The Pantry which fed more than 33,400 people in 2019 usually has a staff of about 100 volunteers. Those numbers were reduced to a volunteer force in the single digits after COVID-19 came to the Midwest this spring.
“A lot of our volunteers are older and high risk,” Board president Linda Schroeder said. “We also have people from Sunnyhill and First Step, (agencies for the care of people with disabilities). Once COVID hit they had to be shut in.”
More volunteers still can’t help however, if there is no food to serve, Linda said.
“We can buy food for 10 cents a pound from the (St. Louis Area) Food Bank. The Food Bank has always been wonderful to us. This year we already purchased 90,000 pounds of food. But now, there’s no food available. They say we will not see any emergency boxes until June.”
There also is less food available at the grocery stores.
“Because of COVID, everyone was buying all the food off the shelves so there is less food available,” Linda said.
"The Postal Carriers also canceled their food drive this year. That is 16,000 cans to us,” Linda said.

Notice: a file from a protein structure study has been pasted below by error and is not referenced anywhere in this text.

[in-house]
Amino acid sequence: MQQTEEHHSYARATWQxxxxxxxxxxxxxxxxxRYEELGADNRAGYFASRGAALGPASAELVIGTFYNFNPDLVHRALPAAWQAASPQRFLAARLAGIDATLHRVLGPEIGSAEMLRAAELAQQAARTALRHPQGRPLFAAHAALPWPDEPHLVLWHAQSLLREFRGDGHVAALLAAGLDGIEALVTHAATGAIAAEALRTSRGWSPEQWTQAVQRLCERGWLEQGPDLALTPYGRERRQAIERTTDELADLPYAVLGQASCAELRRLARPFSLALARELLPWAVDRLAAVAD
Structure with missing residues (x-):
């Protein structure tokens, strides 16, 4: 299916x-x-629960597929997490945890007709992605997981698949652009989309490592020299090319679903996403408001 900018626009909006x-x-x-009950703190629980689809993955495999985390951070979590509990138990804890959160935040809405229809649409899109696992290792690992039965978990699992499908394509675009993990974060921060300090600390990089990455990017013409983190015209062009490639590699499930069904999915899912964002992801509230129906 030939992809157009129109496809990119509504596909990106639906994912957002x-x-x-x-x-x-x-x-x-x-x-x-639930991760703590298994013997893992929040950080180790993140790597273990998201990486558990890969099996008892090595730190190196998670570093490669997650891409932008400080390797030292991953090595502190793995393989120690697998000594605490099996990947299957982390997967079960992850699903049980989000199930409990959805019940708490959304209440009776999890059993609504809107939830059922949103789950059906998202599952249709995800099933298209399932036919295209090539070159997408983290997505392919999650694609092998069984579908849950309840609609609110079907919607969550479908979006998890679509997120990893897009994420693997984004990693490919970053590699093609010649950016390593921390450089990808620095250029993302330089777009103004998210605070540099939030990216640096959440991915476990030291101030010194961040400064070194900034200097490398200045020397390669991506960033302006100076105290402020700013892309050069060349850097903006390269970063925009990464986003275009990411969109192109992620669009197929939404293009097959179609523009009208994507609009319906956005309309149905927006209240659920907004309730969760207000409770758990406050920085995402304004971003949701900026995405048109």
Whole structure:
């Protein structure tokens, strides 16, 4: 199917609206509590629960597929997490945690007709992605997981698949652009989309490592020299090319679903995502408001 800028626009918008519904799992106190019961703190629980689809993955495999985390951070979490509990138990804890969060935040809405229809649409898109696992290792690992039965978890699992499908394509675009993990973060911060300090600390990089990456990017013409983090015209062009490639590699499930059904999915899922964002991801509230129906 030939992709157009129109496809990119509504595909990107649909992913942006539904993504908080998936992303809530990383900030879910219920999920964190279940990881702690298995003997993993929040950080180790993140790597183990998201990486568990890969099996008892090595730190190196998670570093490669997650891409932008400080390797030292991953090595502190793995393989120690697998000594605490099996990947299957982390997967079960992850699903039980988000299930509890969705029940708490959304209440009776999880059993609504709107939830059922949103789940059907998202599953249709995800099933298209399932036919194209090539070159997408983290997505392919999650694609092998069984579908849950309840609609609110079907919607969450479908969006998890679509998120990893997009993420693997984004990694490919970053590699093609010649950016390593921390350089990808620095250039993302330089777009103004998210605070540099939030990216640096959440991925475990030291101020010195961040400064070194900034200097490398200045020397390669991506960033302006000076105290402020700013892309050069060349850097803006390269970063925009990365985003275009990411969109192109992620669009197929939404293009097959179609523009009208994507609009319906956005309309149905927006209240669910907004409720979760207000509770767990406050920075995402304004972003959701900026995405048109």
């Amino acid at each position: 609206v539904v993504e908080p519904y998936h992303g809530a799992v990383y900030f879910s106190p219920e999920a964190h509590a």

Fortunately, the community is coming forward to assist the pantry.
The Peace Pantry accepts donations of food and other items Monday through Saturday from 9 a.m. until 1 p.m. or by calling 636-285-0934 to make an appointment.
“We prefer to have food, but if you prefer to make a monetary donation, it can be mailed to Peace Pantry, P.O. Box 32, Cedar Hill, MO 63026,” Linda said.
The Byrnes Mill Police Department has started a food drive. For more information call 636-677-7727.
The Big River Ambulance District has containers for donations of non-perishable food items at each of their ambulance houses –House 1, at 6321 Lorens Lane in Cedar Hill, House 2, at 4795 Tishomingo Road, Hillsboro, and House 3, 6969 Wild Cherry Lane, House Springs.
The Pantry has also heard from a variety of churches including Spring Hills Presbyterian Church in Byrnes Mill and Our Lady Queen of Peace and Soul Harvest Church, both in House Springs.
Foods needed include: jelly, peanut butter, canned tuna, canned chicken, box meals, hamburger helper, cooking supplies, condiments (catchup mustard salt pepper), cake mixes, flour, sugar, coffee, salad dressings.
The pantry needs able-bodied people to help unload food and stock shelves. Laura Massey Manansala has volunteered to coordinate volunteers. She has opened a Facebook page called Peace Pantry Volunteers and those willing to give their time to help can give her their information at that site.
Linda said she appreciates all the support the pantry has received and community leaders have met and plan to continue meeting to work out solutions to keep the pantry feeding hungry people.